When Simon Ward glanced at the clock in the corner of the community room, his great grandmother sat bolt upright and started talking.
�I never loved him.�
Her voice was firm, carrying a note he�d not heard before. Gone was the singsong melody he�d grown up with these last 15 years.
Simon edged his chair closer to her. Visiting hours ended at 11.30, and a handful of people were already leaving.
�Your great grandfather, Simon. I never loved him.�
She reached out and held his hand. It felt like a sparrow might feel resting on his palm. For many years now she�d sat in her wheelchair, resembling a grey pillow in need of plumping, and he�d listened to her make mental leaps back through the decades. Most of the folk at the home were time travellers. Sometimes she was a child on the fells in Cumbria with her father, grouse-beating or sheep-dipping. A moment�s pause and she�d be practising her scales in readiness to top the bill at a Drury Lane music hall. Another jump-cut saw her flag-waving on the Mall as Queen Elizabeth rolled by in her golden state coach on her Coronation Day. But she couldn�t remember receiving the telegram from that same Queen a few years back.
�Go on Nanna, I�m listening.�
Simon removed a pudgy hand from where it hid his pimpled chin.
�I was 15 when I lost my true love to the Great War. His name was Stanley. He was 17 and so handsome in his uniform. He picked wild flowers and he showed me how to dance a waltz on the sand in the moonlight��
Nanna paused for breath and they watched as old Smokin� Joe, the last resident left in the community room, was wheeled out. Unlike the boxer, he got his name for pipe smoking. He gave them a thumbs up.
�Remember folks, time�s marching on. I wish I knew where it was going!�
The carer wheeling him smiled at Simon and, not looking where she was going, stubbed her toe on the door frame. He heard her curse, then Smokin� Joe�s admonishment:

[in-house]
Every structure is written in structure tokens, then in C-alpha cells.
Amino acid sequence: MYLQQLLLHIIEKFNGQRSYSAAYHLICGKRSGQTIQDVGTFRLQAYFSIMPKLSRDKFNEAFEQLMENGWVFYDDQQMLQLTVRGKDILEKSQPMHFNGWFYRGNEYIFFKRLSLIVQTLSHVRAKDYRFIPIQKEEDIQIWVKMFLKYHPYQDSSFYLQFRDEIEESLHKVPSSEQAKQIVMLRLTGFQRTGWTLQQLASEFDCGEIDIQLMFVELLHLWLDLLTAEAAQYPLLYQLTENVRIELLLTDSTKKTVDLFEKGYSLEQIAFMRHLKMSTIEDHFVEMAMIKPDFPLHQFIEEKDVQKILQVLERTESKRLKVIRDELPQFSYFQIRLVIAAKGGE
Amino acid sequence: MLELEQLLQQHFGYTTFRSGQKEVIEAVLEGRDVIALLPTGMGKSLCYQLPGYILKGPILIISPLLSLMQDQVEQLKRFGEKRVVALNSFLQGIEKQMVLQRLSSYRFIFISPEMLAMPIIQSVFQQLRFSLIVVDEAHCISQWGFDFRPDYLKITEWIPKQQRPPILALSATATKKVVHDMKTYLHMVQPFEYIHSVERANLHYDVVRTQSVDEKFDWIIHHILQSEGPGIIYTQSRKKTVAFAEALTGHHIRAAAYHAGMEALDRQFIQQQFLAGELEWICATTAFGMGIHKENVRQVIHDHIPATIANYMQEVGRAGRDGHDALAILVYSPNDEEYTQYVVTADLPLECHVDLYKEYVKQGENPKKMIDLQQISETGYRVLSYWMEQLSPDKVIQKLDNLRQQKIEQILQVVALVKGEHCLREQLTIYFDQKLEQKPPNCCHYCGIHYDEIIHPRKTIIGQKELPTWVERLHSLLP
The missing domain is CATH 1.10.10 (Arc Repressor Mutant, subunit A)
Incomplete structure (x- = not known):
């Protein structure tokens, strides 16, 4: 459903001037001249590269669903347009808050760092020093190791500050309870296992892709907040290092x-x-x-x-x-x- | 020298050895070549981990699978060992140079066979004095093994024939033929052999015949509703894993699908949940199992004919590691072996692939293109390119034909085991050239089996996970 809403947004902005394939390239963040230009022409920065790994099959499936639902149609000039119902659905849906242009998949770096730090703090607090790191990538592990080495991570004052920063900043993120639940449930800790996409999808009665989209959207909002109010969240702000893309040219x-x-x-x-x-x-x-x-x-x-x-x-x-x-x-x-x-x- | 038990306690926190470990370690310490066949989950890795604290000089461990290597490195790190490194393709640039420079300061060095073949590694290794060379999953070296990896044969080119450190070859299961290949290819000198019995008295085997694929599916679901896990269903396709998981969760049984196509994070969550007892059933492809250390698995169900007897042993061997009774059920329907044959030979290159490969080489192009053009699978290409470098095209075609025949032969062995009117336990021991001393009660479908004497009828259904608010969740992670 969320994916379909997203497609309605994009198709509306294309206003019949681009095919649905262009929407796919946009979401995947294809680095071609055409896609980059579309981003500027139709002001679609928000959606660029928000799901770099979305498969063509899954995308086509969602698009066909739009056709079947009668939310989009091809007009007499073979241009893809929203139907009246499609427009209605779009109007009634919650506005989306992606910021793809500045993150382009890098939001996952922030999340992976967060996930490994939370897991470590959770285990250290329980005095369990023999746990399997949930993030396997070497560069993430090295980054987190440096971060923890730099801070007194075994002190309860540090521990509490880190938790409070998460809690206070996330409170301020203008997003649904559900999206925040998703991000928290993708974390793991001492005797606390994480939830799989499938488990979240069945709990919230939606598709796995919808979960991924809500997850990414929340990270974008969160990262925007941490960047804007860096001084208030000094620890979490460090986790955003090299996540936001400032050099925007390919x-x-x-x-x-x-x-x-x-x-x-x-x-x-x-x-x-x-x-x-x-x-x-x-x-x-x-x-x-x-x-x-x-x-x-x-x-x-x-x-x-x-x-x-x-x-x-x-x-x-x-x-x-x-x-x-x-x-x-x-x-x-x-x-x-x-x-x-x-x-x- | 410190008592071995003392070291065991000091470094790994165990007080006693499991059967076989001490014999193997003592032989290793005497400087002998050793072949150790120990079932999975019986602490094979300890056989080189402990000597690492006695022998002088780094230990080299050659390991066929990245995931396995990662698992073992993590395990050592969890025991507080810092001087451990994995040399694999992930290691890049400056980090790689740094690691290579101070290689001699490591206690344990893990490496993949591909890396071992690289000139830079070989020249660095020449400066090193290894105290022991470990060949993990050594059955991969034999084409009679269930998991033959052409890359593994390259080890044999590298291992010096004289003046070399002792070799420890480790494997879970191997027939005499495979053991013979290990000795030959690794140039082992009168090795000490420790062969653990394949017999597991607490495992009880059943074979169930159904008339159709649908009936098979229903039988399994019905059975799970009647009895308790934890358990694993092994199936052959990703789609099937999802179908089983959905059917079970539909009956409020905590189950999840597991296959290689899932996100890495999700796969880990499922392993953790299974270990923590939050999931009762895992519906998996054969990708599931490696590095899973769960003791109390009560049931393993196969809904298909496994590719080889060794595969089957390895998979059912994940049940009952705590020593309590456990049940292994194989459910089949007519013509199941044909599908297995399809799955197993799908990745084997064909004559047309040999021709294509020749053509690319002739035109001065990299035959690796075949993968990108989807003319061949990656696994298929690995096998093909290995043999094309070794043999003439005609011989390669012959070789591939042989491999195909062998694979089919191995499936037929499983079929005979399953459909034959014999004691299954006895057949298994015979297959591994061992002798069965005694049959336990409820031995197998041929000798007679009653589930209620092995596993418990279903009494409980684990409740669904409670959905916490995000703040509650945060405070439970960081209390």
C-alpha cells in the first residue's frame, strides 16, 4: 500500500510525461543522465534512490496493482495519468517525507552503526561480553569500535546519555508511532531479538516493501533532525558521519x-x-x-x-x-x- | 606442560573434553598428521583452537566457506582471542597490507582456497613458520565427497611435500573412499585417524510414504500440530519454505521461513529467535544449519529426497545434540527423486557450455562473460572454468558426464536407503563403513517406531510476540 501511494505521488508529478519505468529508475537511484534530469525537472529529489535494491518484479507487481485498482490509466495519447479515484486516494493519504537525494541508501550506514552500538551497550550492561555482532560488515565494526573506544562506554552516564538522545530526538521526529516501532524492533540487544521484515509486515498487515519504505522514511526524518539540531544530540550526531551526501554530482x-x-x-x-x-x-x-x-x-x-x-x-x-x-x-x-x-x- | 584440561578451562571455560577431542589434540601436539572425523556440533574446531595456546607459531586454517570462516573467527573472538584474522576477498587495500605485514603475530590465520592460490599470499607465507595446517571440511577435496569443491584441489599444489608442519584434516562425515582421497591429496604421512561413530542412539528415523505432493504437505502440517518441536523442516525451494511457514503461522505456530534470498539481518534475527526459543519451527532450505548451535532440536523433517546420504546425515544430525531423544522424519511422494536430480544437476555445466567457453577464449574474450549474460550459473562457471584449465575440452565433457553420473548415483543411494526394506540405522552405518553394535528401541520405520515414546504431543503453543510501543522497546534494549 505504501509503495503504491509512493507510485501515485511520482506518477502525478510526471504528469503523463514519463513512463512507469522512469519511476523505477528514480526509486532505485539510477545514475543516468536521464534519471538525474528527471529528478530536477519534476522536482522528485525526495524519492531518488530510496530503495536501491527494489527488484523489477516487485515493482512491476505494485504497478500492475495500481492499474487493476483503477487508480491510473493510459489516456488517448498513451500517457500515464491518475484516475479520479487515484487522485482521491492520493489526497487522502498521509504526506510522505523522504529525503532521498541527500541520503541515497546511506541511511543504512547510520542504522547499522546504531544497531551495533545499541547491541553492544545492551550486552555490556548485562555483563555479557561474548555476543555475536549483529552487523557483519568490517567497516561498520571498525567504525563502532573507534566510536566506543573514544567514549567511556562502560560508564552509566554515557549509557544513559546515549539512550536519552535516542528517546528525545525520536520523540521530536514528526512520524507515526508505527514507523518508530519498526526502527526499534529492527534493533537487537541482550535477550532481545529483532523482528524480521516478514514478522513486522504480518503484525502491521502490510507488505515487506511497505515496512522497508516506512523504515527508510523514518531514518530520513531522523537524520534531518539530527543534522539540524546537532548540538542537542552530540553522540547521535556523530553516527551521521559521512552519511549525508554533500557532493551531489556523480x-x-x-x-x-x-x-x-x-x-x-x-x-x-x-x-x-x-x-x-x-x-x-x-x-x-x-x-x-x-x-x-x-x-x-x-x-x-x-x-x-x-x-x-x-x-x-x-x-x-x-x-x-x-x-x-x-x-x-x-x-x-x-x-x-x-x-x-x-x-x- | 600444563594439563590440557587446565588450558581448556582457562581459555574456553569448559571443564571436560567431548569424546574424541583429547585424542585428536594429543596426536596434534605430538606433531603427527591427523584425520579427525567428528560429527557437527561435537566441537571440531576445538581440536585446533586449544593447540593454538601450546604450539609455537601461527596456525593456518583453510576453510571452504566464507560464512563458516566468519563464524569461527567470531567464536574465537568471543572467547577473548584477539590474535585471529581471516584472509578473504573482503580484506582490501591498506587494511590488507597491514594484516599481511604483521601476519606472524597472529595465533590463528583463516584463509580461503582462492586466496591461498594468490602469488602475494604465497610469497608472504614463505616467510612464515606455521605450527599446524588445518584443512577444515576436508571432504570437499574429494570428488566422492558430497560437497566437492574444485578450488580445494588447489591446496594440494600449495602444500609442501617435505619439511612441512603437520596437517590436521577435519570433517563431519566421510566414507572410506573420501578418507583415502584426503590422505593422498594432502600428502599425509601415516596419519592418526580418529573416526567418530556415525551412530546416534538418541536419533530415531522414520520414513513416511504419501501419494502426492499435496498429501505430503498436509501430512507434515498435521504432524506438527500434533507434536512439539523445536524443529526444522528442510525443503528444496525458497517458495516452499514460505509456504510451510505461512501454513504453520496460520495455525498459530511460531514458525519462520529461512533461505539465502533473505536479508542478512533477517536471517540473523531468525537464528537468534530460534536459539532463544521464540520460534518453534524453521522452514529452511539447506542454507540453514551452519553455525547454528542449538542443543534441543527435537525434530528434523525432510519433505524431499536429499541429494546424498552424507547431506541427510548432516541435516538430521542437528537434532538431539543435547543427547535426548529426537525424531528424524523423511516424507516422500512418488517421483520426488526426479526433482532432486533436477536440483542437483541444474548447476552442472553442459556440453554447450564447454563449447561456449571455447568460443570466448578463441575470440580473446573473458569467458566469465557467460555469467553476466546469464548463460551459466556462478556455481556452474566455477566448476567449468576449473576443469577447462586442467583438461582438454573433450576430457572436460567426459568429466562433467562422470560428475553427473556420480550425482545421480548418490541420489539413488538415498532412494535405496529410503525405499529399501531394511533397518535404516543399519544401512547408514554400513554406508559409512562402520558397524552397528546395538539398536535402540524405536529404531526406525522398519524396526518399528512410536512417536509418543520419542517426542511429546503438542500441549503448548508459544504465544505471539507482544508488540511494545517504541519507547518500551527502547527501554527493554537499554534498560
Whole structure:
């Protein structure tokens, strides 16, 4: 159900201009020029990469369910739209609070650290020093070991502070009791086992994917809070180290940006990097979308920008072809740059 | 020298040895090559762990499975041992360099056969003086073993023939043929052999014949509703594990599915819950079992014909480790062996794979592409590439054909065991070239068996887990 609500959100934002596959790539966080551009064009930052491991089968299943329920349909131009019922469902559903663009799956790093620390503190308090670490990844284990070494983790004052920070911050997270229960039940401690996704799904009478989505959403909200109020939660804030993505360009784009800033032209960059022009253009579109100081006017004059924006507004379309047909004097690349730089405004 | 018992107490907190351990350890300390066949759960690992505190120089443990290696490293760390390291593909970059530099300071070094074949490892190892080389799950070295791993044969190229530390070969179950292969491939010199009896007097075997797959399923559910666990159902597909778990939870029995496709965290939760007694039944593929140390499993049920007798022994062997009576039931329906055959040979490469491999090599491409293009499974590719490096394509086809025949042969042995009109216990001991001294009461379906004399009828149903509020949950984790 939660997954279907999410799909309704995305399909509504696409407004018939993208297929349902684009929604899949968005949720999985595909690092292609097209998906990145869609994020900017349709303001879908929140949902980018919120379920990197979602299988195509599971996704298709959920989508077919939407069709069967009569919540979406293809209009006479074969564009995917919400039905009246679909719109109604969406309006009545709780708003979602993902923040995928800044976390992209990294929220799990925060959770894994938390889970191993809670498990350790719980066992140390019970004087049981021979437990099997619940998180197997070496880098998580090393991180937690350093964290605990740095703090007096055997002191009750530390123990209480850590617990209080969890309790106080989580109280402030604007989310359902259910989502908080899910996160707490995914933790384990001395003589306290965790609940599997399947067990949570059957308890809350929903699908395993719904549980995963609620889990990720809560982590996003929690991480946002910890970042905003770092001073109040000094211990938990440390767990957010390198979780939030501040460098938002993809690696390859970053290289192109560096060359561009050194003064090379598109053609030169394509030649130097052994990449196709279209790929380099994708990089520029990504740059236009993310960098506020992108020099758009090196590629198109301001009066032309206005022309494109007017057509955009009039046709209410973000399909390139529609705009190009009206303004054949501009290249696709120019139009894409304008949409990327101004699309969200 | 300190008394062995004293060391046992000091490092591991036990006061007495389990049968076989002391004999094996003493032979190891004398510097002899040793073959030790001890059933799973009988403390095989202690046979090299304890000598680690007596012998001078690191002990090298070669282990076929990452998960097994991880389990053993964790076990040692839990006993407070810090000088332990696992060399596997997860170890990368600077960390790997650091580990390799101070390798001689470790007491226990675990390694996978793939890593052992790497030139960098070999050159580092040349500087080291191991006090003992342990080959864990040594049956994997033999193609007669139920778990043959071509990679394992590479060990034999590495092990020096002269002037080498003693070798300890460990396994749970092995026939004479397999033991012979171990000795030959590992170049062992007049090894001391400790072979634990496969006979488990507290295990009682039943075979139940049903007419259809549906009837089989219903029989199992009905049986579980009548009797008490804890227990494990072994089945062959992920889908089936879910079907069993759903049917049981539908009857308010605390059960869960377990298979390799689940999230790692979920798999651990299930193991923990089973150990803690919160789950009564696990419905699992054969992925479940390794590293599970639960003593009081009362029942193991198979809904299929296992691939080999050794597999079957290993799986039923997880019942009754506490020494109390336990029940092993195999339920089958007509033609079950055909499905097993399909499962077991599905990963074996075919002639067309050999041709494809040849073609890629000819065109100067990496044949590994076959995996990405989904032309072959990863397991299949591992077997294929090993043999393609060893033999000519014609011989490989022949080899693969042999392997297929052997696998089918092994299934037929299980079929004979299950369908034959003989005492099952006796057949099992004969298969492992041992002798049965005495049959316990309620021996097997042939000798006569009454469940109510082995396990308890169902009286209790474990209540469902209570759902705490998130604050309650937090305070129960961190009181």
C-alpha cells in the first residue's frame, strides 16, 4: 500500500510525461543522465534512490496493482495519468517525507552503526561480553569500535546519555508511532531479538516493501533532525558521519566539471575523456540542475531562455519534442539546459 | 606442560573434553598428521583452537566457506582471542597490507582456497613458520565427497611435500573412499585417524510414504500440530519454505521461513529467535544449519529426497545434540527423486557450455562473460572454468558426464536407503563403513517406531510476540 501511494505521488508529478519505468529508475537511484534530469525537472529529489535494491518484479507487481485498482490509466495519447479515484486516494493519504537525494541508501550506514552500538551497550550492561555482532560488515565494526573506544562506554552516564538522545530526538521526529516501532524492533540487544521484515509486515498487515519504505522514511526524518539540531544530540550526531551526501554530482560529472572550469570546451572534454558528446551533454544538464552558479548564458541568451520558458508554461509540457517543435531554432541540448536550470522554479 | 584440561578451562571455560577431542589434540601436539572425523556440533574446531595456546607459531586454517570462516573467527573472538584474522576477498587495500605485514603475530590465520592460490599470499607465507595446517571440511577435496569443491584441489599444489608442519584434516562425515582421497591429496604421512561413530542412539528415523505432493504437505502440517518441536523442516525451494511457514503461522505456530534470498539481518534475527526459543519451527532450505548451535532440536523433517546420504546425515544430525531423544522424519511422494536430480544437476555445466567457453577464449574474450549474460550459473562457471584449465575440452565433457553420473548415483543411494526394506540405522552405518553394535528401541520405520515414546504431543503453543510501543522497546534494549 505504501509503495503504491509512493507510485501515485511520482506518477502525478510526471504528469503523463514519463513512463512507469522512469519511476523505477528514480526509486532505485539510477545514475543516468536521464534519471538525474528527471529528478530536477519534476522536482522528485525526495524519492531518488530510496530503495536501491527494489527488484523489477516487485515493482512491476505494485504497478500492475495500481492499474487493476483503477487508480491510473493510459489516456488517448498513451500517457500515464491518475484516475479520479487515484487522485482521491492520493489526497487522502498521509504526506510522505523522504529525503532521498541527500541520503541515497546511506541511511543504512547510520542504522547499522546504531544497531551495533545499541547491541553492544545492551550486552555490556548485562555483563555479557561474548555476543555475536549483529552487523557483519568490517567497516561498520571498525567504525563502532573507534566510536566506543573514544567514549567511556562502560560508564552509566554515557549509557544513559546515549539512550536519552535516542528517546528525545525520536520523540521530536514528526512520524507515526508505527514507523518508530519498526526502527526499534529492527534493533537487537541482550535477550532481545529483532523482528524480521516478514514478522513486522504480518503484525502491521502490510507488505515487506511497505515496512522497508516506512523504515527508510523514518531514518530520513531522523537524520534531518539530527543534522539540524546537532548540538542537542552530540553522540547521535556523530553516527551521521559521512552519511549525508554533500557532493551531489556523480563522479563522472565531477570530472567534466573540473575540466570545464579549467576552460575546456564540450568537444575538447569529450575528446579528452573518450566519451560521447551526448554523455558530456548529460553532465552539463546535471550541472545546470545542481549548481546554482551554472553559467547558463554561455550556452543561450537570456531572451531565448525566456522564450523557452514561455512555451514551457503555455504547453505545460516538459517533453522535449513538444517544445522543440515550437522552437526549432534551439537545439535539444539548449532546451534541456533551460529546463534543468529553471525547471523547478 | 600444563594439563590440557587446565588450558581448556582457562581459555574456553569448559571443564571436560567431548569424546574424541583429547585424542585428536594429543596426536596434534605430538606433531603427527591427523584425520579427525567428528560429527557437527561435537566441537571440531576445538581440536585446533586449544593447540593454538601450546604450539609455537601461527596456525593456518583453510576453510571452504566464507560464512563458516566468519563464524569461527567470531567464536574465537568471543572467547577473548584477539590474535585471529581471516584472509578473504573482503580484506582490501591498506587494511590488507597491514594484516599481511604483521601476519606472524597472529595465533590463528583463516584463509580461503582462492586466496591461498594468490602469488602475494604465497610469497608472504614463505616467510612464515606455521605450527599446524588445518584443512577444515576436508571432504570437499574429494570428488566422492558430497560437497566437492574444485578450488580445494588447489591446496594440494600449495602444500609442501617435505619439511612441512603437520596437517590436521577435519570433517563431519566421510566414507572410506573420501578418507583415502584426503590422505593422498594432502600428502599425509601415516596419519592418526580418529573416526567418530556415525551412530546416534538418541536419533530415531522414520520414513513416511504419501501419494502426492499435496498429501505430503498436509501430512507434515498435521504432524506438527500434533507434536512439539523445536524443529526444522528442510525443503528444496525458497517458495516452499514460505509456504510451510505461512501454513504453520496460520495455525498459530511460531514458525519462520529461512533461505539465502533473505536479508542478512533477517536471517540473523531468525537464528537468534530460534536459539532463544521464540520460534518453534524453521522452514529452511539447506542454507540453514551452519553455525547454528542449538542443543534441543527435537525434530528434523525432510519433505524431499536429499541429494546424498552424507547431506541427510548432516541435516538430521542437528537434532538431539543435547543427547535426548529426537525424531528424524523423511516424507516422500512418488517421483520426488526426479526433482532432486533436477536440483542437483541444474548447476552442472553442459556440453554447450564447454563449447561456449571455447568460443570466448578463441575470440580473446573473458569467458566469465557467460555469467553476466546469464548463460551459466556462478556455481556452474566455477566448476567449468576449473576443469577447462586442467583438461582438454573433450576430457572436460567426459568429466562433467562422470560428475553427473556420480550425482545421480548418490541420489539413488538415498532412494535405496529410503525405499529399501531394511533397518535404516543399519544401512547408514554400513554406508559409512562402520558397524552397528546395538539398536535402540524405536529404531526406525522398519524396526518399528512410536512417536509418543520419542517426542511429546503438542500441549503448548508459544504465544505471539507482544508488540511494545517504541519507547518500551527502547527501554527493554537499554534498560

�You wouldn�t use language like that if my mother was here.�
�Before he went away,� said Nanna, �he� got me in the family way.�
It took a second to realise she didn�t mean Joe.
Simon had been visiting his great grandmother weekly in the home for three years. What had started as a school project, to earn credits for social science, had turned into a labour of not exactly love, but affection. Other classmates had treated it like a day trip to a freakshow. They quickly gave up, declaring it smelled of piss, but Simon saw past the residents� sunken faces. He�d grown attached to them, and didn�t notice the catheters and paraphernalia of old age anymore. Annie, 89, would collar him when he came in and tell him how she�d sneaked into the bathroom at wash time and grabbed a glimpse of sexy Arthur�s bum. At 80, Arthur had youth on his side. Bert, 82, had medals for single-handedly storming a tank during the Second World War. Irene, 91, was a high class call girl in the 1930s. They didn�t care what people thought, they just wanted to put their lives on the record. For his part, he�d sing to them, or talk about the weather.
But Nanna�s revelation was a shock.
�It broke my father�s heart but I had that baby. I had to give him away. I still wonder what happened to him.�
She was struggling with her breathing.
�Stanley died in battle. I never had chance to tell him about our baby.�
Her old blue eyes were weeping more than usual.
�My father sent me away. I�d shamed the family. I met your great grandfather when I was 19. I told him my family were all dead. He was the kindest man I ever met, a good man, and he looked after me. But I never loved him. I missed Stanley and I still do. Are you courting, Simon?�
�No, Nanna, I�m not,� he said, his face flaring in embarrassment.
�When you find someone you love, don�t waste a moment.�
Her head was dipping now, her chin nearing her sternum.
Simon watched an orderly wheel her away before getting up to leave. He stepped out onto the tree-lined avenue, where heat shimmer rose off the tarmac road, and walked briskly and lightly. The rest of his classmates would be in maths class now. He�d missed a lot of school lately. With his thick glasses, his weight and his mannerisms, he was fodder for bullying. They punched his arms black and blue.
None of that mattered now though. He felt blessed with a century�s wisdom, and things seemed in perspective like never before. He broke into a light run as he rounded the corner of Larch Mews. Not a moment to waste.
Matthew Clarke, his best, his only friend, was sitting at the window reading. Matthew was off school with laryngitis and looked up as Simon approached. He waved and smiled.
Simon knocked once, and murmured his line once in practice:
�I love you.�
Matthew opened the door to a flood of sunlight.
BIO: Rob Ganley lives in south west London with his wife (and child, due any day now). He is a magazine editor, but in his spare time writing prose fiction is his first love. His novel, The Hypnotist�s Wife, reached the Bestseller Chart at YouWriteOn.com recently.